If you follow me on Instagram or Facebook, you may have seen this photo posted last week with the caption: “Guys, I need some good vibes sent my way. Frankie disappeared last night and hasn’t returned. Parker and I left him with my brother so we could escape to the beach for the week but found out this morning that he ran away. We’re devastated and returning home to try to find him but any positive vibes to find my one true love would be much appreciated. Thanks all.” Frank is still missing, and I’ve found myself so overwhelmed with grief that I needed to write it out. I’ve wanted to transition my blog from a collection of pretty things, to something much more personal for a long time (and I have…just not officially; that’s why I don’t post much anymore), but this post is not pretty at all, and only personal. It’s sad and it’s real life and there’s nothing pin-worthy about it. But since I may never have closure and may never see my boy again, this post just poured out of me out of necessity. Full disclosure: It’s a novel in length and there’s not really a happy ending so….No one actually reads my blog anyway, right? Here goes.
Parker and I headed to Rosemary Beach, Florida last Tuesday. One last chance for a romantic, relaxing getaway before baby boy (we’ve decided to name him Charlie) comes into our lives and changes it forever. A “babymoon” is what they’re calling it these days, and though I’m not crazy about the term (so cheesy…), that’s exactly what it was. We booked the trip four months ago, rented a house close enough to the shops, restaurants, beach, and pools so that we could park our car all week and just mosey around on foot or on the provided bicycles to get where we needed to go. We made arrangements with my brother and sister-in-law to watch Frank, our beloved 11-year old dog, and looked forward to the (much needed) time off.
I had been running around like a nesting-hormones-crazed woman for the last few weeks, trying to get the nursery finished and get the house in order before we left because, at 36 weeks pregnant, the baby could come at any time. Oh, and also, I thought it would be a fun idea to have my baby shower at my house. Which it was! (Though it was probably a crazy idea, knowing me and how worked up I get at the prospect of having company over…) I felt so loved and the afternoon flew by way too fast. Two of my friends hosted, but I offered to provide the venue as several people hadn’t had a chance to see the place and I especially wanted to show the out-of-towners what we’d been working on for the past year. But I definitely let it add additional stress to make sure everything was tip-top perfect for the shower that was just two days before our beach vacation. Parker had been getting upset with me for working too hard, pushing myself too much, not eating and drinking enough throughout the day, and generally letting things stress me out too much. But it all worked out, we had a beautiful (wonderful!!) baby shower, the house looked great, and I was sooo happy to have pushed myself and gotten all the projects done that I wanted so that I could relax at the beach knowing there was nothing on my to-do list waiting for me when I got home.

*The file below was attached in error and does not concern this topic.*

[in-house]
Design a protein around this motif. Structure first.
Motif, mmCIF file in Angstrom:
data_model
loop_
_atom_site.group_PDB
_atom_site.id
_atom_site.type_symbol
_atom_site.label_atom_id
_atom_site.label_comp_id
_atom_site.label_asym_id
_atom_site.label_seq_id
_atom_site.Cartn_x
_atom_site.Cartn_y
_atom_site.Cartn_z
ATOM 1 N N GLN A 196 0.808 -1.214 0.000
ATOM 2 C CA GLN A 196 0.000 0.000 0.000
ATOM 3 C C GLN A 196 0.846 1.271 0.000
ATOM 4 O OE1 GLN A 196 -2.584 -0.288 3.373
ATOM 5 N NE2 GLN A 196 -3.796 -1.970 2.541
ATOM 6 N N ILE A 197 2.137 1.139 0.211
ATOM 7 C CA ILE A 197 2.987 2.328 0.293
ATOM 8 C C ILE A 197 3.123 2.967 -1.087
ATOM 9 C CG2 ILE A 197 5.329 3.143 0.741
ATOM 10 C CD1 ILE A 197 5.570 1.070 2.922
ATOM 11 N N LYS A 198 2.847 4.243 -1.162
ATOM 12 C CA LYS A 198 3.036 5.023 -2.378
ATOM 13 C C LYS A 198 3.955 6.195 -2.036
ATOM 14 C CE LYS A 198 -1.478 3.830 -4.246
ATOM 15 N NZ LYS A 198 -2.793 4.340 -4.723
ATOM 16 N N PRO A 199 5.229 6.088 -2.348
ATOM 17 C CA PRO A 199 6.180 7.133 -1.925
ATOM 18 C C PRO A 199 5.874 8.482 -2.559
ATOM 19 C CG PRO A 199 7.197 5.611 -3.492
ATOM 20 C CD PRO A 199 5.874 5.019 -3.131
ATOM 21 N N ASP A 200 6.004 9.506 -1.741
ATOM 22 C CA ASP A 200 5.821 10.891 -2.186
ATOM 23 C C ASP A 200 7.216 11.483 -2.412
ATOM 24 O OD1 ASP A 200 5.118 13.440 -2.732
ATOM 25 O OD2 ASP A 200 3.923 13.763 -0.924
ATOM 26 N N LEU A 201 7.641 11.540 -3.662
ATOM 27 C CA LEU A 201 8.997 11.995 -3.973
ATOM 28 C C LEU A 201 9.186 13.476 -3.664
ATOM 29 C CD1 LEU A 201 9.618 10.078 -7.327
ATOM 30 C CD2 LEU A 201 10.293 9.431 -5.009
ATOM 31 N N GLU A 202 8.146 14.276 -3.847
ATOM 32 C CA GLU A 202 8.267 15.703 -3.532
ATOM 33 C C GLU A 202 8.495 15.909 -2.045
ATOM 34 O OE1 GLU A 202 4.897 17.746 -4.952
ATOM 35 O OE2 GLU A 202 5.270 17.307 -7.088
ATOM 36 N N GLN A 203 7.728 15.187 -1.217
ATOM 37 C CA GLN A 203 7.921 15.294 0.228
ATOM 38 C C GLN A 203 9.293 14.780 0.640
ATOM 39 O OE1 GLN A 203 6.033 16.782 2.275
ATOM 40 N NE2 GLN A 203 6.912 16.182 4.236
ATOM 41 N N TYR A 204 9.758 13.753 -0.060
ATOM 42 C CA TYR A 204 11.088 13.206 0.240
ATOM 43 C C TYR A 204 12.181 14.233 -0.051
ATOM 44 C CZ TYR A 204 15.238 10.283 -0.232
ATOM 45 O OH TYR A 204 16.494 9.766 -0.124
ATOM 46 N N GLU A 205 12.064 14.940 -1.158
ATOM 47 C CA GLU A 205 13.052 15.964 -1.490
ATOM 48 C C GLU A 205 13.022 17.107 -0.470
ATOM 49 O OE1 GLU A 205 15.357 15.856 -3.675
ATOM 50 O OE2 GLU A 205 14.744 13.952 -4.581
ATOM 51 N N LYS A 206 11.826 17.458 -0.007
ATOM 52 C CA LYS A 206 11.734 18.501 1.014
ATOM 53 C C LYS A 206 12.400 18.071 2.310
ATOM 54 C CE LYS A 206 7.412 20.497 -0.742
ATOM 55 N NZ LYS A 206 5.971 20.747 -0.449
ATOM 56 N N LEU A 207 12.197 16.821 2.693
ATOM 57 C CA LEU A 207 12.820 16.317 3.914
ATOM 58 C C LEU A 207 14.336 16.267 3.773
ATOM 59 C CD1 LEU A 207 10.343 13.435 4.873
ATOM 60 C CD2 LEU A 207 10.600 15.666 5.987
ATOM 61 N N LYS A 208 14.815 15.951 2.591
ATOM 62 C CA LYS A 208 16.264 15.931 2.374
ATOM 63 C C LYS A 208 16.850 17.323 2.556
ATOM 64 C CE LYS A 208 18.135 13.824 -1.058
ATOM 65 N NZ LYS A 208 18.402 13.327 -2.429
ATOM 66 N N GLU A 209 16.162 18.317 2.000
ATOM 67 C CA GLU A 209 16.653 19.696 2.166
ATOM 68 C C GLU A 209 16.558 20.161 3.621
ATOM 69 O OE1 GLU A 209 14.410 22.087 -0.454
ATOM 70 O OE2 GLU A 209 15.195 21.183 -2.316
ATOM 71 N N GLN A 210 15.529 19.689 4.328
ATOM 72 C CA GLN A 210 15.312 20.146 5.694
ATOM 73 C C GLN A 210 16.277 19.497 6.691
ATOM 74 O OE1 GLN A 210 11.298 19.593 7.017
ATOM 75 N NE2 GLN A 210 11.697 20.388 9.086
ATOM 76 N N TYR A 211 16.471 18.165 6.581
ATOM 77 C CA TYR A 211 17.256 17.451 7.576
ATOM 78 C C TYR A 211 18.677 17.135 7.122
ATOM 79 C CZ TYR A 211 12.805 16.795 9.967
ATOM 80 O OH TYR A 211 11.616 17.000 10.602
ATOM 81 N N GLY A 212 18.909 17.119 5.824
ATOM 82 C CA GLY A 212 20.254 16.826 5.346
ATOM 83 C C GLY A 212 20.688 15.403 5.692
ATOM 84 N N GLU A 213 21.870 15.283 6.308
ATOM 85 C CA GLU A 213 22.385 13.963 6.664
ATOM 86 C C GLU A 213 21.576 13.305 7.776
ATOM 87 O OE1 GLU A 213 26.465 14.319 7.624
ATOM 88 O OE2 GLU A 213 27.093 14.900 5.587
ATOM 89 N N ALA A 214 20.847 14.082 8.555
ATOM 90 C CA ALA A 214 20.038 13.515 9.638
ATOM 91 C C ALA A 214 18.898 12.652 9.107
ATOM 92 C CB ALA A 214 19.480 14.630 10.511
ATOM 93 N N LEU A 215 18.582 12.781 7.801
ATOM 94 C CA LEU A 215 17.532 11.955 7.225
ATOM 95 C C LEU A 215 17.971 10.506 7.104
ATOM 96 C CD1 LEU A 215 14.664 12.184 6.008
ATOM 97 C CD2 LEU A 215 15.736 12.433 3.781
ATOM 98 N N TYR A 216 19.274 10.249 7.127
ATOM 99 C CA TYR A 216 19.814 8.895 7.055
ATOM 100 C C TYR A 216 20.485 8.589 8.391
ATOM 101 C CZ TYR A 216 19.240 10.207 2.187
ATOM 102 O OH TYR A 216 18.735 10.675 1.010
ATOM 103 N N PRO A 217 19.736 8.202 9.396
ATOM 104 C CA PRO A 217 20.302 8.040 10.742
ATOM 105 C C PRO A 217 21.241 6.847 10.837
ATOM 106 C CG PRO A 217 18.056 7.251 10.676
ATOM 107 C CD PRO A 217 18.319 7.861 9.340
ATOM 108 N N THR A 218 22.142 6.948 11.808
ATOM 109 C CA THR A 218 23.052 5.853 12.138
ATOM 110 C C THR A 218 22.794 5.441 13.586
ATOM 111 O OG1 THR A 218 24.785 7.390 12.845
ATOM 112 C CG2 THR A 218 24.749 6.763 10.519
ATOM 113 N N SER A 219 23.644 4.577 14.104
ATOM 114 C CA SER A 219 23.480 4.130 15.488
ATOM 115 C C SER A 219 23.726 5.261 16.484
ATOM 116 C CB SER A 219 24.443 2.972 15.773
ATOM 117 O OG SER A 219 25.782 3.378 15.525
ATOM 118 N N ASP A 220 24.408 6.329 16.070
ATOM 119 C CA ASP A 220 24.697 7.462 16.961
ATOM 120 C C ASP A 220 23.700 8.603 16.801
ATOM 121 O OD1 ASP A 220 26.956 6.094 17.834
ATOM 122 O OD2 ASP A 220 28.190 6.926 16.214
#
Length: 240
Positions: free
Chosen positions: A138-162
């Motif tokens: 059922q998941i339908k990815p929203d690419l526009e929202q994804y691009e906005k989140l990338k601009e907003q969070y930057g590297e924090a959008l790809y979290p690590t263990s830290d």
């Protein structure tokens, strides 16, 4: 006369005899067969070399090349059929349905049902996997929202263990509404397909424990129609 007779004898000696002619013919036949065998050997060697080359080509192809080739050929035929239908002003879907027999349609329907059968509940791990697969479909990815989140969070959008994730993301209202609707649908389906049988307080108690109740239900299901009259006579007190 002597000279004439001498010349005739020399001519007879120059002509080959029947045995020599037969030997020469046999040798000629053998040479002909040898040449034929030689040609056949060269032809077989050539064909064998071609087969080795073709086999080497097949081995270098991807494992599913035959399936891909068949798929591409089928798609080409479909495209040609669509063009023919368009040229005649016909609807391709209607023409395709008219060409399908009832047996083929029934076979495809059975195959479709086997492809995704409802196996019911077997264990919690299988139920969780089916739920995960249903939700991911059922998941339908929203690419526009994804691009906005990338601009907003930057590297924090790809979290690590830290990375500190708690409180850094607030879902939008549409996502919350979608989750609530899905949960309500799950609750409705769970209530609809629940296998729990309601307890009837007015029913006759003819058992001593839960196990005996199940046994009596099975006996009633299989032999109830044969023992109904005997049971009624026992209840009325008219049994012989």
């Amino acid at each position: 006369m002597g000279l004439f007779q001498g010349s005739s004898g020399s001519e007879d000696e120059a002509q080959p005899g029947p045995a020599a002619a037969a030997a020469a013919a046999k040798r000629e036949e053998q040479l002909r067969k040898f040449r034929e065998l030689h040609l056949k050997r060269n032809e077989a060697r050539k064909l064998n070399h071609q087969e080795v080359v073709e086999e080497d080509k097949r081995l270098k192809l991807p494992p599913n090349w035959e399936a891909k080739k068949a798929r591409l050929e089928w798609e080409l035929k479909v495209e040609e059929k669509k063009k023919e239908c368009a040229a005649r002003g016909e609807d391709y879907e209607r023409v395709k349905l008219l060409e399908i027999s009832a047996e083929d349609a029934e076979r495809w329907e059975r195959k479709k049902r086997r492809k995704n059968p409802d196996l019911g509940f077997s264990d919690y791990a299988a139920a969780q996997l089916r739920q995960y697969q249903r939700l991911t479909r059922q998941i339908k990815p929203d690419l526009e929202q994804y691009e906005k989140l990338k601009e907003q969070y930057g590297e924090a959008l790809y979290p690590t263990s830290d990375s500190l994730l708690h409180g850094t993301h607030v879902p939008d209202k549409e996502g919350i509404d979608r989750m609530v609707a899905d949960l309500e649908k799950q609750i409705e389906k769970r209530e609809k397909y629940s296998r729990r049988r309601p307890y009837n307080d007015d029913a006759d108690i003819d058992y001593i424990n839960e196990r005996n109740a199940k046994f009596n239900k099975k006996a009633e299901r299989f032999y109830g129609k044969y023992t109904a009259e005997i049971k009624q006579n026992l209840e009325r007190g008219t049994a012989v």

We left Tuesday for the beach. I dropped Frank off and returned home to finish packing before Parker and I headed out around lunchtime. A six hour drive, we made it to our sweet home-away-from-home just before dinner time (I’m pregnant – all events are centered around meals these days….) and we walked around until we found a place that looked good and had a great meal. We were so tired that we went to bed early that night, but got up the next morning ready to try out the new diner in town for breakfast. I left my phone at the house because I didn’t want to be distracted from spending time loving on my husband. We talked over omelettes about owning a home in the area one day and how nice it would be to have a place you could always go back to. My parents owned a beach house just down the road for years and I always loved knowing I could go there to get away. They recently sold it but I feel so spoiled having had a place to stay that felt like home and so we schemed over breakfast how to get one of our own one day.